Mexican Saying with “zopilote”

Nunca falta una bestia muerta para un zopilote hambriento.
There´ll always be a dead beast for a hungry vulture.
This saying tells us that life doesn´t fail to present us with opportunities.

Animals, especially donkeys, hens, roosters, cows and bulls, are quite prominent in the imagery of Mexican sayings. Read here a selection of Mexican sayings starring animals. Or continue reading… you’ll find another link at the bottom of this page.

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Mexican Spanish with “limosna”

Hasta pa´ pedir limosna hace falta capital.
Even for begging one needs capital.

This saying evokes the voice of a Mexican complaining that there´s nothing he can do to improve his situation, for lack of money.

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Mexican Spanish with “buscarle mangas”

No hay que buscarle mangas al chaleco.
Don´t search the vest for sleeves.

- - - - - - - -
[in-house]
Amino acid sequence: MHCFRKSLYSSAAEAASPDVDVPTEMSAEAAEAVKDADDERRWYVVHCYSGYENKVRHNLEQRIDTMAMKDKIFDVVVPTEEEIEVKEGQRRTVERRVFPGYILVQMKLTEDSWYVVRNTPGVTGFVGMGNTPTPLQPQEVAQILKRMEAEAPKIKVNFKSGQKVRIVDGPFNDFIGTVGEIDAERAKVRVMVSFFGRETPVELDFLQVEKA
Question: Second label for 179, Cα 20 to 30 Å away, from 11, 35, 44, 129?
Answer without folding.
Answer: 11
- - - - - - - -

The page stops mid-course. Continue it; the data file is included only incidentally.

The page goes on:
This is a direct relative of the saying “No hay que buscarle tres pies al gato”and has the same two meanings: “Don´t look for trouble” and “don´t complicate things unnecessarily”.

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Mexican Spanish with “seis paga nueve”

Quien compra paraguas cuando llueve, en vez de seis paga nueve.
Whoever buys an umbrella when it’s already raining pays nine instead of six.

This is practical advice: forethought will not only spare us discomfort but also, very possibly, save us money.

 

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A saying with “Jicarero”

A palabras de borracho, oídos de jicarero
To the words of a drunk, the deaf ear of a jicarero.

Jicarero refers to the seller of pulque, most often in a pulquería. Pulque is the traditional Mexican milky-looking alcoholic beverage derived from the maguey.
In other words, this Mexican saying advises us to turn a deaf ear to senseless blabbering.

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Mexican Spanish according to Wikipedia

I thought this is interesting about mexican Spanish as quoted by wikipedia:

 

“Mexican Spanish (Spanish: español mexicano) is a version of the Spanish language, as spoken in Mexico and in various places of Canada and the United States of America, where there are communities of Mexican origin.